All Things Potter

You might be a Harry Potter fanatic if:

  1. You mutter Alohamora as you turn a key.
  2. You think Lumos as you flick a light switch.
  3. Your Harry Potter collection will never get swapped or donated to a Little Free Library.
  4. You get irritated when the family wants supper because you don’t want to stop reading.
  5. You’re nervous leaving the house without a wand. After all, there’s a war on!
  6. You find yourself quoting Albus Dumbledore at the strangest times. “Nitwit. Oddment. Blubber. Tweak.”
  7. You watch the movie The Patriot and wonder when Lucius Malfoy dyed his hair black.
  8. You go to cash a check and wonder why no one else notices that the goblins have the day off at the bank.
  9. You try to find 4 Privet Drive and 12 Grimmauld Place on Mapquest.
  10. The waiter looks at you strangely when you order “elf-made wine”.

It’s bitter cold outside – below zero wind chills, day after day. I might as well stay indoors, curl up in a blanket, and watch the Harry Potter marathon on FreeForm. It’s fascinating to look over  the details – the foreshadowing, the creation of this amazing parallel world, J.K. Rowling’s craft as a writer. So despite the cold, I’ll stay warm and cozy. As my idol Albus Dumbledore once said, “…now, let us step out into the night and pursue that flighty temptress, adventure.”

This is an encore from a summer day several years ago as Amigo and I read the final book in the series: The Deathly Hallows. It is truly fascinating to reread and rewatch the Harry Potter series. I still wonder if I’m more like Professor MacGonagall or Professor Sprout. 

Teaching Today and Me

Once in a while, the PR arm of our charter school calls on me to help publicize the school by writing a little something. This time around, it was all about keeping the learning going over winter break.

I feel strongly that breaks serve a purpose in schooling. Students, parent-learning coaches, teachers – all of us need a mental and physical break now and then. However, curious minds can keep on searching for new information and fascinating ideas.

So anyway, readers, family, friends, and internet acquaintances, here you have it: Daisy’s take on learning in winter. It starts, of course, with a literature reference. Enjoy!

Education: valuable or dangerous?

I went to the post office one day to mail a book. The clerk was one who knew me as a regular, often mailing my Paperback Swap books on to another reader. As he went through the standard script and asked, “Does the package contain anything potentially hazardous?” I replied flippantly, “No, independent thought is still legal.”

He laughed, thank goodness. I can just see the post service suddenly searching my mail because of my slightly sarcastic sense of humor. Oops.

There have been a few changes since that day.

  • This guy, one of my favorite clerks, has since retired.
  • There’s a new majority on Capital Hill.
  • A recent poll indicates that the new majority, the Republican side, doesn’t value education in general. Worse: the Republican caucus thinks higher education is a waste of time and even bad for the U.S. (See the Pew Study results here)

Independent thought may still be legal, but learning and thinking are less and less valuable to our government. In fact, the impression I get is that the current folks in charge want to keep the populace ignorant, malleable, and easy to control.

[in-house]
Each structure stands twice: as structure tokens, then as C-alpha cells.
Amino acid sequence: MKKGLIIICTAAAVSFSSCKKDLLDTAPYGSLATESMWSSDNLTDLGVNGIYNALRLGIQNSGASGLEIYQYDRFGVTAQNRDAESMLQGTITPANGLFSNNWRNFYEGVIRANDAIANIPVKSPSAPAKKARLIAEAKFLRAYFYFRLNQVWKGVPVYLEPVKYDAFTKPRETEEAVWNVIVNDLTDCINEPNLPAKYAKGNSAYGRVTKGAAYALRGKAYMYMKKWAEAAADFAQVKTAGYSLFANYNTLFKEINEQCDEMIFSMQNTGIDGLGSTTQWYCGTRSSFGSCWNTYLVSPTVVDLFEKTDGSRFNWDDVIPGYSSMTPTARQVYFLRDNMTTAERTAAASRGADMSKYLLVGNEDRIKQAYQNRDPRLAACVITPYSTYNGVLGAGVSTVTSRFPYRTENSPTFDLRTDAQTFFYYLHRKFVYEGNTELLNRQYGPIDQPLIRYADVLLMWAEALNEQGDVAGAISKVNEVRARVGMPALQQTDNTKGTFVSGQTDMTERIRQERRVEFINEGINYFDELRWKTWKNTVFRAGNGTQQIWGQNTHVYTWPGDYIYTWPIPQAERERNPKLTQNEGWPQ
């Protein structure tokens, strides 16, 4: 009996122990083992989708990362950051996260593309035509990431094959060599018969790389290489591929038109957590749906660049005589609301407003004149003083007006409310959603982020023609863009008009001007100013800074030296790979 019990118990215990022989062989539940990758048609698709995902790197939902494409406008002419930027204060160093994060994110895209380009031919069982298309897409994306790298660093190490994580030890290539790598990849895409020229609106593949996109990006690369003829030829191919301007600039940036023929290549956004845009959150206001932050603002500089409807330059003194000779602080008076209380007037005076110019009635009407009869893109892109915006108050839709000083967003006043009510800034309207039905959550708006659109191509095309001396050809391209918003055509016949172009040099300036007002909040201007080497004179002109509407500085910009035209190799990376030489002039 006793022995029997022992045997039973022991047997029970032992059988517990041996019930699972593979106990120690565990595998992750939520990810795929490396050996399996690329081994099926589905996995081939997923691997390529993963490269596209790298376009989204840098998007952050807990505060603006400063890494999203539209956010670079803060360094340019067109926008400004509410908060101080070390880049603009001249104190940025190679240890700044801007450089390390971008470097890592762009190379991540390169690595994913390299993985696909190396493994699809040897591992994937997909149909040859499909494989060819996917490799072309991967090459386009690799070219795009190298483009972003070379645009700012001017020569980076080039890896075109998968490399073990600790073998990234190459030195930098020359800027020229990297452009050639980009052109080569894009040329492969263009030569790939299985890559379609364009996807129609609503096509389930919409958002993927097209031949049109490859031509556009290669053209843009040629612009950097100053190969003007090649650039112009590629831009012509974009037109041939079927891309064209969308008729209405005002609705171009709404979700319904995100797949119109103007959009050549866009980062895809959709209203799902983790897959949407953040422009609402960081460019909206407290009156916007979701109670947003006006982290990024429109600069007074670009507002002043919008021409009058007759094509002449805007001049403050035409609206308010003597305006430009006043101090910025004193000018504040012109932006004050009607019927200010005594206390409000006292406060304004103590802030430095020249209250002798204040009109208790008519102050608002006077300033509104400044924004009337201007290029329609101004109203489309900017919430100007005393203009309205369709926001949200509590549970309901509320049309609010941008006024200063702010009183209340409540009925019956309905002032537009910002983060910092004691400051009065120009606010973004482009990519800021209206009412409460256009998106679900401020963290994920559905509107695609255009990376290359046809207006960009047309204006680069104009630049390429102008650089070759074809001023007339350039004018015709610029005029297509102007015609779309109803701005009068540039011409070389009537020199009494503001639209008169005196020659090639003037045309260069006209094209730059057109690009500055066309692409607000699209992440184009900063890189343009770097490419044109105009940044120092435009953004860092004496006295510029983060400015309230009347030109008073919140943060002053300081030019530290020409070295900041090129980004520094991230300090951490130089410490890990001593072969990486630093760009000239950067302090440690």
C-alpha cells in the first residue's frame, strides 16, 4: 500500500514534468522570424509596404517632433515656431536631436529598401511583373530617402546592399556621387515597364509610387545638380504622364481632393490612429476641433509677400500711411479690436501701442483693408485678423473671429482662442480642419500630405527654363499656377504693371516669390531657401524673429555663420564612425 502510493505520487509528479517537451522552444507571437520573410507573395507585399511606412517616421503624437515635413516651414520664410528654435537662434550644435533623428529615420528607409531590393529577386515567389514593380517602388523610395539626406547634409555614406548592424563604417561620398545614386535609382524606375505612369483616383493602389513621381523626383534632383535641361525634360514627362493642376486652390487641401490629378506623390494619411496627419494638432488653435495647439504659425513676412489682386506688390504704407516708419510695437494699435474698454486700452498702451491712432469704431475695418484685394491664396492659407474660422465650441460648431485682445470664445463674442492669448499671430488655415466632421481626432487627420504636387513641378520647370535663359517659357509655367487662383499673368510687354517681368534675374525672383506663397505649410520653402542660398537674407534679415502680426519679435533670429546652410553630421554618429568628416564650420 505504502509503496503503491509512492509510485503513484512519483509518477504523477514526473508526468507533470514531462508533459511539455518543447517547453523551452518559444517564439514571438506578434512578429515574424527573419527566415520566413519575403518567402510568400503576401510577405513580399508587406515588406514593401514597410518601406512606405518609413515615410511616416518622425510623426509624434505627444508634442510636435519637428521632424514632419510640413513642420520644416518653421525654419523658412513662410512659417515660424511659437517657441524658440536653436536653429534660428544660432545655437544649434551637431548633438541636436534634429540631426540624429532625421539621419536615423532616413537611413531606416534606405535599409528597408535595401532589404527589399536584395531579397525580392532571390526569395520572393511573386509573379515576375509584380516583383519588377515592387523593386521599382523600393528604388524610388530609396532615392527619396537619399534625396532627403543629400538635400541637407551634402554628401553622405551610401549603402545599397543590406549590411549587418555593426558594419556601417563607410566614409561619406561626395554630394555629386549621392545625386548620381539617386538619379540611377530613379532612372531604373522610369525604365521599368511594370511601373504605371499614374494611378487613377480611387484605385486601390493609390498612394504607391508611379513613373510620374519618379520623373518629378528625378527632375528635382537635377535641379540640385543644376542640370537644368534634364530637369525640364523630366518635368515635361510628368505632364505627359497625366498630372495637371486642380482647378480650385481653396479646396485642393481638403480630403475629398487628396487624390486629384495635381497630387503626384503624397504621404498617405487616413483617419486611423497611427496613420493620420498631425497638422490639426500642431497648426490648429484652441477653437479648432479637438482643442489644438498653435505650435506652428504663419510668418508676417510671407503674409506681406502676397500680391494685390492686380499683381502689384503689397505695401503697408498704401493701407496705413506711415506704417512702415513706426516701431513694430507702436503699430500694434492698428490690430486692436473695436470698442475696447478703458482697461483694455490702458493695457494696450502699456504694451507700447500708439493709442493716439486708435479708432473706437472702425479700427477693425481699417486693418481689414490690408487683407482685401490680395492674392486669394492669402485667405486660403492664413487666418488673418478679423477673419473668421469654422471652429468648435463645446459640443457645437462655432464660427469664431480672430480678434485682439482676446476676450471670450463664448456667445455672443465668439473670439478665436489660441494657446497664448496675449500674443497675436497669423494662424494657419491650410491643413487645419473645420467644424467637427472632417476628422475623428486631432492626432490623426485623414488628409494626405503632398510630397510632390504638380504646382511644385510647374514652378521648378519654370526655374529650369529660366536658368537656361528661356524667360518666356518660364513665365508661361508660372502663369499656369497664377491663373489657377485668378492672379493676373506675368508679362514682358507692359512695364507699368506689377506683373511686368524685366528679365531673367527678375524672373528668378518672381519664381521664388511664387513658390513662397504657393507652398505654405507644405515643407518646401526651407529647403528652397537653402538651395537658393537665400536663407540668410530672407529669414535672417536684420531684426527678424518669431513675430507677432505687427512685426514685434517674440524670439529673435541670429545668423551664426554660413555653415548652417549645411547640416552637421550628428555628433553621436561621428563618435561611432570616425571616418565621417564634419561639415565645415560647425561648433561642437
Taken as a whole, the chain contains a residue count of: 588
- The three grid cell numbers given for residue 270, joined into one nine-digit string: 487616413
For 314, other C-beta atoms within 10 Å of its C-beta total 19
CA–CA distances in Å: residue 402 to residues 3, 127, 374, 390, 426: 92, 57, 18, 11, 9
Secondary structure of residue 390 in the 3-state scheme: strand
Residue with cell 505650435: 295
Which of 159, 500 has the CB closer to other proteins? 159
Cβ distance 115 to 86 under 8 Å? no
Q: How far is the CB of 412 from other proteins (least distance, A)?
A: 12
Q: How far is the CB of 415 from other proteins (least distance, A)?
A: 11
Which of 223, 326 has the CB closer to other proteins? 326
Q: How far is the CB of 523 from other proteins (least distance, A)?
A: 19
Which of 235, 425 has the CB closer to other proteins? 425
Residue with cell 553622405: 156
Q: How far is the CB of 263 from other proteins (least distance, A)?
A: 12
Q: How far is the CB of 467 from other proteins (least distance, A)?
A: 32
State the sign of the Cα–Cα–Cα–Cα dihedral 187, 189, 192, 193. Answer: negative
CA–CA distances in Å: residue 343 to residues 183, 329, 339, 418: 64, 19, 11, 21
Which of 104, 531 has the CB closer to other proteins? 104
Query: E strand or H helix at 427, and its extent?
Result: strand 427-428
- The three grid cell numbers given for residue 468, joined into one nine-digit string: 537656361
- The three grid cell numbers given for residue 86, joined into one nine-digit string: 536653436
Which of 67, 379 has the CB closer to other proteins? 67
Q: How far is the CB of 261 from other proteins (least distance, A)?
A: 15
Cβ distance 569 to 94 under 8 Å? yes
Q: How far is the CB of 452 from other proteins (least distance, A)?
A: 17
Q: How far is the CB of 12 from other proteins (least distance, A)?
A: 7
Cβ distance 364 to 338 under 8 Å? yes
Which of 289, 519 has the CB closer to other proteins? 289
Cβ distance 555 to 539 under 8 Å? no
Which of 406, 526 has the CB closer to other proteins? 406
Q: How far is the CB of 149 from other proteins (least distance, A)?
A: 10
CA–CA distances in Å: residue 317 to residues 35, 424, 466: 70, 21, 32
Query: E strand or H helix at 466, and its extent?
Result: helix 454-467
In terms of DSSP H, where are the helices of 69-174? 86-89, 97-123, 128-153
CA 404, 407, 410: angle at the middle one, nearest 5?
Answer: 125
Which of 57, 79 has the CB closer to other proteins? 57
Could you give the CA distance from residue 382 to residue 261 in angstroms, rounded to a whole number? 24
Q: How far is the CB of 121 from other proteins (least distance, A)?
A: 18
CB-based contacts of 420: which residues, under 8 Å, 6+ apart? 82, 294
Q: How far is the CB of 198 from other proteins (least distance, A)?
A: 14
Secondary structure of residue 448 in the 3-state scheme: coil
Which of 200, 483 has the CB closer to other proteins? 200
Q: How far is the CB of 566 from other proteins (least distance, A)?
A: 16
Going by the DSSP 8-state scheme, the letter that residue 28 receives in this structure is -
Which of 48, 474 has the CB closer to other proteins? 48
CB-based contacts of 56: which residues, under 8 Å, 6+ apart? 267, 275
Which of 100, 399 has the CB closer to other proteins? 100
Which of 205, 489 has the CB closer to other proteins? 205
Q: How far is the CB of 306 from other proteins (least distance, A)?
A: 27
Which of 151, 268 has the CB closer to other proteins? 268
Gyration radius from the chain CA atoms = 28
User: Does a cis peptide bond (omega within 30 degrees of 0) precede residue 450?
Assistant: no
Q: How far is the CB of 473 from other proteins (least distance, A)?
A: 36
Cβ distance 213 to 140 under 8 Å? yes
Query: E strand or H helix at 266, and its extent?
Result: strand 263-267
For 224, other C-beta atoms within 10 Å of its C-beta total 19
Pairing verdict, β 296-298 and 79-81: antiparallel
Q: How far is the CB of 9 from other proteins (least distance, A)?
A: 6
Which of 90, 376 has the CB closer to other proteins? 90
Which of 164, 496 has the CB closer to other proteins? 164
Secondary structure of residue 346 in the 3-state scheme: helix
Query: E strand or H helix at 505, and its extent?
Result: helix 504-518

This is scary, people. Very scary. Dare I suggest – keep reading, keep learning, and keep connecting with your legislators. Remind them that they work for all of us, not just those who voted them into office. Call, email, send postcards, attend town hall meetings. If you dare, participate in rallies and protests.

Independent thought is still legal. Let’s keep it that way.


The 40 Bag Project and Books

I’m making a serious effort to keep up with this de-cluttering project. I had a rough morning today, though. I decided to go through a box of books leftover from my classroom days. Classroom libraries are a source of joy and a major cost factor for most teachers. I managed to donate mine to a new teacher when I moved to teaching online, but there are still a few boxes in the house. I went through one this morning. It wasn’t easy.

I listed several on my Paperbackswap account. One has already been requested. I have great hopes for more to fly out the door by way of the Post Office. There were a few, however, that I couldn’t post.

Three didn’t have ISBN numbers. Yes, readers, I have books old enough that they don’t carry that magic number. Without it, I couldn’t post them on the swap site.

Then there was the domino effect. I attempted to stack the new entries in the bookshelf with the others, but there wasn’t enough room. My solution: sort through the contents of the shelf and make room. I managed to group several folders together so they didn’t take up quite as much space, and I also found ancient paperwork worthy of the shredder. I reorganized so that all garden-themed books (not going anywhere, thank you very much) have one section of the shelves and all textbook types are together in another.

At this point the table was covered with piles of books and my laptop, open to the “Post Books” tab on Paperback Swap. Craziness, eh? More so than you realize; we had a meeting scheduled in less than an hour and we’d need the table by then. I did manage to get the books back on a shelf, power down and stash the laptop, and wipe down the table before our meeting began.

And I haven’t even mentioned the books I didn’t post or set aside for an upcoming rummage sale: a Leo Lionni, a Tomie dePaola Strega Nona book, and a couple more that need to be stored with others of their kind in the attic.

Books. It’s not easy being green when it comes to literature. I might sort through the garden stack again – or maybe not. It’s a good season for selling those to Half Price Books; it’s also a good season to browse through a few of my favorites.

Books. It’s not easy being green when it comes to the written word. Heaven help me if I ever have to decide between books and shoes for shelf space.

The Book Club – Dystopian or Apocalyptic?

It’s not an annotated bibliography, but a short plot summary for each should do.